From Shillong comes the news that HIV prevalence in Meghalaya has actually increased by 0.73 per cent, from 0.16 per cent in 2015, according to the HIV Sentinel Surveillance, 2017.
An official from the Meghalaya AIDS Control Society (MACS) said on Friday that that the cumulative anti-retroviral therapy (ART) data in October showed that the number of people in the state registered with HIV Care is 2,988 with 2,842 adults and 146 children.
The number of people ever started with anti-retroviral therapy is 2,261, with 2,136 adults and 125 children. The data shows that the number of people in active care are 1,834, with 1,726 adults and 108 children. The number of people alive and on anti-retroviral therapy is 1,667 with 1,567 adults and 100 children. “HIV cases in the state are on the rise,” the official said, on the sidelines of the World AIDS Day function here.
A representative of the Meghalaya State Network of Positive People said the only way to address the issue was to bring about a change in peoples’ attitude. “Most of the people living with the virus are afraid to come forward fearing they would be rejected. This celebration sends a message that they should not live in fear,” she said.
She urged all the people with HIV/AIDS to get rid of “self-stigma” and rued that most of those affected do not access the anti-retroviral therapy though it is available free of cost.
“In 2007, people living with HIV/AIDS registered with the network were around 15-20, but in October the number has increased to 1,500.”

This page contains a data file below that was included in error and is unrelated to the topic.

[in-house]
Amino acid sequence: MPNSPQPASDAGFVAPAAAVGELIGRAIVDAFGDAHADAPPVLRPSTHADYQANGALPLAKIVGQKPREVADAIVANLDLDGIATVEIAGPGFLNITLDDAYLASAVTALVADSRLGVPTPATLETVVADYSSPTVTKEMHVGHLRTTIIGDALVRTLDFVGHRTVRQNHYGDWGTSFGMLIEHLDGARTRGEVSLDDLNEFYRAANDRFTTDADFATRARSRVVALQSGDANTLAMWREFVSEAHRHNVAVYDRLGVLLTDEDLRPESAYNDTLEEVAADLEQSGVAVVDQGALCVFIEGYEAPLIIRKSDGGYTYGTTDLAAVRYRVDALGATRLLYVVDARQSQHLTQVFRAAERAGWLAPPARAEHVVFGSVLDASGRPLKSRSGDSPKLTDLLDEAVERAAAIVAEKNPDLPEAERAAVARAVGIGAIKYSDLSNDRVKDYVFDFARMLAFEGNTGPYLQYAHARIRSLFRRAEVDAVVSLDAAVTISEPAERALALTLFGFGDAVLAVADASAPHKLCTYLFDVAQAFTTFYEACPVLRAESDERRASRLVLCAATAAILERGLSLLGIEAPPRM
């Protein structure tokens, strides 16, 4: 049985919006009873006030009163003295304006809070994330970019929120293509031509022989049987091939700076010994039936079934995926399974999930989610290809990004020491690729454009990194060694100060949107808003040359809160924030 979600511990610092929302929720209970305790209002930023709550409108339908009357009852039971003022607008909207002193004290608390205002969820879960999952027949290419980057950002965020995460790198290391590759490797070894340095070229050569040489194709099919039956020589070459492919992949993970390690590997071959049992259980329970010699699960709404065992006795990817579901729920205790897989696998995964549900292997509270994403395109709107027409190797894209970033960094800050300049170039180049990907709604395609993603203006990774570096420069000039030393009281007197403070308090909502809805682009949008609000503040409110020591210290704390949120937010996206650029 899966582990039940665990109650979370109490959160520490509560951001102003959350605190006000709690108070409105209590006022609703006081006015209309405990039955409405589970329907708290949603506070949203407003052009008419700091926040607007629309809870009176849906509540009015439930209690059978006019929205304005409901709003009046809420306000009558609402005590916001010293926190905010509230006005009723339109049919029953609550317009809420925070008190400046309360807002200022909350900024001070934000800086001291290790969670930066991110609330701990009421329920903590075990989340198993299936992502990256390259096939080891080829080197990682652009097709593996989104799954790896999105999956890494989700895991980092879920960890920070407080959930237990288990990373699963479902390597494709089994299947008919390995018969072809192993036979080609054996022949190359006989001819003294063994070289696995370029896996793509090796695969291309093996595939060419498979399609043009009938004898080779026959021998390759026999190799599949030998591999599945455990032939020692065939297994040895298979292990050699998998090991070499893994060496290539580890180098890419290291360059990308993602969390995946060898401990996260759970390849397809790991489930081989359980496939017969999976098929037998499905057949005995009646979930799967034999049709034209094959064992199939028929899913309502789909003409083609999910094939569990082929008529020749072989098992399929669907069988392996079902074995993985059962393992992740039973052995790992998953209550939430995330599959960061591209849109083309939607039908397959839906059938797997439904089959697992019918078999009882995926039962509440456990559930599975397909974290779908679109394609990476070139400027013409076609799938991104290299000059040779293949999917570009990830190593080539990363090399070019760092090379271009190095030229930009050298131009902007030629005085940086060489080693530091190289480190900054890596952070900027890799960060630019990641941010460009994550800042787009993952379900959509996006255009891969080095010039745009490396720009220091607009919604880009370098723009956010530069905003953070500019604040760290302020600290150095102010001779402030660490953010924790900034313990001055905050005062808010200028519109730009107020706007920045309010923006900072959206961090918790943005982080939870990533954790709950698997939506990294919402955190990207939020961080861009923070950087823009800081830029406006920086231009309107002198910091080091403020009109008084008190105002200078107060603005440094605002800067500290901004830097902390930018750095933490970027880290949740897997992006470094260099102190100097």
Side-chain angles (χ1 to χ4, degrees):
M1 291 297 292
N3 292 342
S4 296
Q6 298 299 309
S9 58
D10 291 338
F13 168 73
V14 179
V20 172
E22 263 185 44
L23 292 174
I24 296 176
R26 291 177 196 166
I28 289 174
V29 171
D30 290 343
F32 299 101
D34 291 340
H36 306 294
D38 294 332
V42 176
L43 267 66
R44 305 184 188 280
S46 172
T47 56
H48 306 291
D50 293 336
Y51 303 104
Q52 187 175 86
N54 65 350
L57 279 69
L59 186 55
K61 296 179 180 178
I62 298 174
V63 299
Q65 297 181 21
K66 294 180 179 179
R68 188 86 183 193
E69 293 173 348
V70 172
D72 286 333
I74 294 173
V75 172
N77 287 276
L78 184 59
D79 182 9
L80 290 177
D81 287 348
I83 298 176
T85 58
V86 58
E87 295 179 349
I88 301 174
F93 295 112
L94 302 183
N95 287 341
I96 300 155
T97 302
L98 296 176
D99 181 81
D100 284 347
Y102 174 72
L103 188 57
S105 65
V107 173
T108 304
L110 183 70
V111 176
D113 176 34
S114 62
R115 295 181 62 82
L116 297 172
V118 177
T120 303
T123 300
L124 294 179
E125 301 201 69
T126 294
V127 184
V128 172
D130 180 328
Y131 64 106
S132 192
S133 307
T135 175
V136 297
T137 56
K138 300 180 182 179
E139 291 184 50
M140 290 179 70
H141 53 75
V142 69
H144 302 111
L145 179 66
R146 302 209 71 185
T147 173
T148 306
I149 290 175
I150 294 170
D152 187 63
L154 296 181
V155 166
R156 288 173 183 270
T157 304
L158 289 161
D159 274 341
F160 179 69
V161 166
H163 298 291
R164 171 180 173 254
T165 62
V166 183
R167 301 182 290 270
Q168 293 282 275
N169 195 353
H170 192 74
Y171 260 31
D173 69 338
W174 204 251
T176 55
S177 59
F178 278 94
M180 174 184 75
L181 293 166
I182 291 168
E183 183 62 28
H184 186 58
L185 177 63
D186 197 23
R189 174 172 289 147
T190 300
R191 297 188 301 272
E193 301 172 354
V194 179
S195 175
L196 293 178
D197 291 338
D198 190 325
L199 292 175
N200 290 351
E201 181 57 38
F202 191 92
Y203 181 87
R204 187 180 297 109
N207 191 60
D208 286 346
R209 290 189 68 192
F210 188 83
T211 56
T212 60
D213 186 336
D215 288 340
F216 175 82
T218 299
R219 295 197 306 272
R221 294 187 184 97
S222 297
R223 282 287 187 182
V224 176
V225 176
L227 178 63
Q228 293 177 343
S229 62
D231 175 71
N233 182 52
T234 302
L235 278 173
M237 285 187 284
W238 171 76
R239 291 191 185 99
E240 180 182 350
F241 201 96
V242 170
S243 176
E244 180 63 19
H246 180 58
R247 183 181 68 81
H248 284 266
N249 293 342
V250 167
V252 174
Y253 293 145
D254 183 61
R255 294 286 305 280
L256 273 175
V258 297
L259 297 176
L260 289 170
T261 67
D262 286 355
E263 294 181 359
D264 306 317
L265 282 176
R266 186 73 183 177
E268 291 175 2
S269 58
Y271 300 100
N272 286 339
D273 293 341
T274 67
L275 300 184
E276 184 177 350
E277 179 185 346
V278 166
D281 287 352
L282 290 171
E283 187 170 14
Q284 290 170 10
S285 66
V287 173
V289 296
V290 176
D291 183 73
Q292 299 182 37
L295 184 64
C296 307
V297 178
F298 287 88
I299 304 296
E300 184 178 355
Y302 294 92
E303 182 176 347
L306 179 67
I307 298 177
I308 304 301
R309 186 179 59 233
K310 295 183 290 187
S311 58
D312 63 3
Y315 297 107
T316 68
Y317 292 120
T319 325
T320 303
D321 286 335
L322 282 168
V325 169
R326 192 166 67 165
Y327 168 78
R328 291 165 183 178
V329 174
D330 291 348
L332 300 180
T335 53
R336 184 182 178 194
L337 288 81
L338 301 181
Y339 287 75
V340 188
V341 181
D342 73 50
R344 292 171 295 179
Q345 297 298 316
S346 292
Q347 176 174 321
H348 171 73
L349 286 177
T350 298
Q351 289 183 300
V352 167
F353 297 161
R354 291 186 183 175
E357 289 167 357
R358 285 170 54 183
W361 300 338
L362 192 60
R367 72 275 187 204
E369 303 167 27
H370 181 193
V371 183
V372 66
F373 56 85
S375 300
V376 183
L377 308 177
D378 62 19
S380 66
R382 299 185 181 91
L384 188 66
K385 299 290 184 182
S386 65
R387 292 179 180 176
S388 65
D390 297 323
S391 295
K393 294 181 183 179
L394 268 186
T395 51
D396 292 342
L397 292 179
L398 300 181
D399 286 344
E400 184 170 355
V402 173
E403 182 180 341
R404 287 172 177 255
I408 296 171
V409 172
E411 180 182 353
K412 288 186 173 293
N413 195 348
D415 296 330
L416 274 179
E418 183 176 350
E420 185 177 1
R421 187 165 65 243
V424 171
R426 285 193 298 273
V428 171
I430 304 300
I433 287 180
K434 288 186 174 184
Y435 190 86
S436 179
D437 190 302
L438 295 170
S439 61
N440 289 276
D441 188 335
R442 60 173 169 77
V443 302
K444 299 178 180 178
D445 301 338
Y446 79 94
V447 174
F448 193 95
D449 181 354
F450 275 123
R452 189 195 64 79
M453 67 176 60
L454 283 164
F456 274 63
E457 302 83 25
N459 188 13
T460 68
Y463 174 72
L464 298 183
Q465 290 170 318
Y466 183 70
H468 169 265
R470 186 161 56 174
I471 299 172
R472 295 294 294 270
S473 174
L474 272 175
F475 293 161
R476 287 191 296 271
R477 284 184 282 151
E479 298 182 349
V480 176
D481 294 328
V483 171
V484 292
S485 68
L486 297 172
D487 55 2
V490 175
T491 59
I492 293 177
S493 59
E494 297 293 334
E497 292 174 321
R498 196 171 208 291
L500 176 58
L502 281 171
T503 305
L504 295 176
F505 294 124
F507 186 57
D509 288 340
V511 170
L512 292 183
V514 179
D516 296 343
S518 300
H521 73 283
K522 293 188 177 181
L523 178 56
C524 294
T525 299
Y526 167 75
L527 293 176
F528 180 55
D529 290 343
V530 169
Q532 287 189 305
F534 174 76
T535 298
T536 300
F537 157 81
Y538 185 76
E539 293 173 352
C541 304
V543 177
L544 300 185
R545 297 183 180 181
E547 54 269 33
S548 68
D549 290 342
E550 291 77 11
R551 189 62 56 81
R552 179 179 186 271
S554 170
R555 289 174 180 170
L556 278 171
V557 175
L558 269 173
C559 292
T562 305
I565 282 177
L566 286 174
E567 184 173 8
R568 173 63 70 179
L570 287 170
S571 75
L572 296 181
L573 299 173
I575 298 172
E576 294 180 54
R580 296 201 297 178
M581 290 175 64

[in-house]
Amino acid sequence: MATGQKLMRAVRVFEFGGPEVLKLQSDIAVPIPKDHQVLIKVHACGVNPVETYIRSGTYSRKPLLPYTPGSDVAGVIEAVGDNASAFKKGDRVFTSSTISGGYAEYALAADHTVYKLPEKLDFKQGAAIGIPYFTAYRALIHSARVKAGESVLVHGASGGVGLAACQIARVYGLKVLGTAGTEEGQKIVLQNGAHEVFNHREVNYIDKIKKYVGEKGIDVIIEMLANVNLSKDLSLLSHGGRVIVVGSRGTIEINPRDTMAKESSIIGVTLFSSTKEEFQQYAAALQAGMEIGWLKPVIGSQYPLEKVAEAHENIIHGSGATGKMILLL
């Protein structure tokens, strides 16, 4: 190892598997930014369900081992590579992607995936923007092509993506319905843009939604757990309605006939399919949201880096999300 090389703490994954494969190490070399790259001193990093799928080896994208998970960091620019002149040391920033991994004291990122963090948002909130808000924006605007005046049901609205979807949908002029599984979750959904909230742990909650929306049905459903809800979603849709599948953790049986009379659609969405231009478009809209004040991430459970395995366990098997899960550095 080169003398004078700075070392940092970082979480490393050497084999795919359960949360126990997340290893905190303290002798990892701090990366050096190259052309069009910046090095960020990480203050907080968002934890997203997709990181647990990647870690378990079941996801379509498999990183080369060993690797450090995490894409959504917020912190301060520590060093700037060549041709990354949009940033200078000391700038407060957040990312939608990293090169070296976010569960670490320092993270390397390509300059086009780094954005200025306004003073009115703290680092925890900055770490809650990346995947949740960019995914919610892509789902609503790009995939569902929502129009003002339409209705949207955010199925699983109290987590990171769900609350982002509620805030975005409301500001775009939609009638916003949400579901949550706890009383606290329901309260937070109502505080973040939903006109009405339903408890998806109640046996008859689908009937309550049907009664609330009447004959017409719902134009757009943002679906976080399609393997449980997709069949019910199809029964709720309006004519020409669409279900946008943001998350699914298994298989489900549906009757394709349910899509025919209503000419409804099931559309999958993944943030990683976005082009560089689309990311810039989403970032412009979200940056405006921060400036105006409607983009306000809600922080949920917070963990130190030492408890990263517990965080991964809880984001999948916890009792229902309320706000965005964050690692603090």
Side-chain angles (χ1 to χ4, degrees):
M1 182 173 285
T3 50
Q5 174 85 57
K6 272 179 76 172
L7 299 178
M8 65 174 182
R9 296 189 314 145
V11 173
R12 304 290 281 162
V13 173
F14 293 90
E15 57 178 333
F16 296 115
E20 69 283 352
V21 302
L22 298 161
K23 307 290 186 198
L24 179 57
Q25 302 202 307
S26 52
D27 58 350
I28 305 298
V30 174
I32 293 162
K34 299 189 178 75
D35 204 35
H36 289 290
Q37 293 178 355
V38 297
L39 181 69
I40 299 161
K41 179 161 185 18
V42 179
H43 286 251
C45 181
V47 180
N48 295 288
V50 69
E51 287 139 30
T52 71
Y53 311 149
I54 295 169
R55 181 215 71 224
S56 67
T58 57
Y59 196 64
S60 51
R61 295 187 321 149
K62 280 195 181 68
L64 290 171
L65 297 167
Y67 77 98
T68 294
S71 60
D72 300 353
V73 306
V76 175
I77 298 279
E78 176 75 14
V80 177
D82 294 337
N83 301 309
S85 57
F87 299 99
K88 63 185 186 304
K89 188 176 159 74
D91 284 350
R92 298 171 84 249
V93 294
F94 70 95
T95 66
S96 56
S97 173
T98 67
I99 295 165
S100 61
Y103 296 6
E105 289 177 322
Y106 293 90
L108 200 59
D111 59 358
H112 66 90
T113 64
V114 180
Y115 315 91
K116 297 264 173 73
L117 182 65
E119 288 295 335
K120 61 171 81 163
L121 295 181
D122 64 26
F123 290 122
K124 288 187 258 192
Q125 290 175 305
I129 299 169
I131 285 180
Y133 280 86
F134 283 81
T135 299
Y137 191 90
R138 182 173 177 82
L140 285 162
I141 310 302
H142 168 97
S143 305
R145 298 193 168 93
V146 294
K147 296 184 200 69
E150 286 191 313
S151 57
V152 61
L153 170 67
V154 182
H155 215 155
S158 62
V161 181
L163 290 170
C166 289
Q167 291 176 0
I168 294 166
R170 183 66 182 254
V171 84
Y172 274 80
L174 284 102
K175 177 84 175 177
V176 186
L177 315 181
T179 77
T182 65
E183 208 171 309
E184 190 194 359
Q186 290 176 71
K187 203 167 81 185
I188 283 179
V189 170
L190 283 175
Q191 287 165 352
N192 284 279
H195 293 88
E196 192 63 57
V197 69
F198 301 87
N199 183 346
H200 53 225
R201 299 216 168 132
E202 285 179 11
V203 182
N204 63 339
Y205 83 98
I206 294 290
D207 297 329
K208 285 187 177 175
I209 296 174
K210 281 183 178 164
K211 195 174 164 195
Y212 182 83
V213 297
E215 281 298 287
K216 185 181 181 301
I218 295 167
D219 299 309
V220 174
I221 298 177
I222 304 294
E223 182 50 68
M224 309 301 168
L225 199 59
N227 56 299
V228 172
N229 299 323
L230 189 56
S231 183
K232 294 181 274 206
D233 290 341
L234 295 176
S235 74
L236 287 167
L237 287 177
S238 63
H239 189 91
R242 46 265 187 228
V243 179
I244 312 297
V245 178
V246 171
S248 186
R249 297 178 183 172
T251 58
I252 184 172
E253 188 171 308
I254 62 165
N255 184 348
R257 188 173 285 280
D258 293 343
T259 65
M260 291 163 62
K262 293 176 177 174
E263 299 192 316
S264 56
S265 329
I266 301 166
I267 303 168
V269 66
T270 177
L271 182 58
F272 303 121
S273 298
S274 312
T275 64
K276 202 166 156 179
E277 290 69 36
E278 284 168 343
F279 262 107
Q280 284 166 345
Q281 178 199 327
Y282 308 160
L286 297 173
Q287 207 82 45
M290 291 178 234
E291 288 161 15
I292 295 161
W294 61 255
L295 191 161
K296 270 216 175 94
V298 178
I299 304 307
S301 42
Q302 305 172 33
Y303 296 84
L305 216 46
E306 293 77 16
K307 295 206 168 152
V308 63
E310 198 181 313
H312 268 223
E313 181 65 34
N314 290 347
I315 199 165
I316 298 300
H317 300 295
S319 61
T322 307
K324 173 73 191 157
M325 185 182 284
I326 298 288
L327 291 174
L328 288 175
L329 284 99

Meanwhile from Guwahati: Assam on Friday became the first state in the country to start AIDS screening at correctional facilities. The state will soon get three more correctional centres for AIDS-affected children in Cachar, Tezpur and Dibrugarh districts.
Principal secretary, health and family welfare, Samir Kumar Sinha, announced this on the occasion of World AIDS Day on Friday.
“The centre for HIV-affected children here, Kasturi Home, is a big success for us. We have been trying to provide educational facility and medical service to those children. In Assam in the last five years the number of HIV-affected children is reduced from 12 per cent to five per cent, but we have to give new life to the recently-affected children,” Sinha said at a World AIDS Day programme organised by the Assam State AIDS Control Society here.
Talking about the current AIDS treatment scenario in Assam, Sinha said: “The boat clinic run by the National Health Mission in the riverine area of the state is another great success for us. In the last two years, the boat clinic has provided all kind of support to those people living there.”
On the initiative to introduce HIV screening facility in correctional homes, Sinha said such facility would be introduced at every centre of the state, especially at centres for women.
The Assam government and the National Health Mission have also planned to set up blood banks and blood service centres in every subdivision. Sinha said the state government is trying its best to provide financial and instrumental service to blood banks. “We look forward to setting up blood banks in every nook and corner of the state very soon. However, some financial problems are there,” Sinha said.
The Assam State AIDS Control Society (Assam SACS) and the state social welfare department had signed a memorandum of understanding last month for “HIV intervention” in correctional centres for women across the state.
In every central jail of Assam HIV screening facility will be introduced very soon. Such facilities are now available in Guwahati, Cachar and Nagaon jails.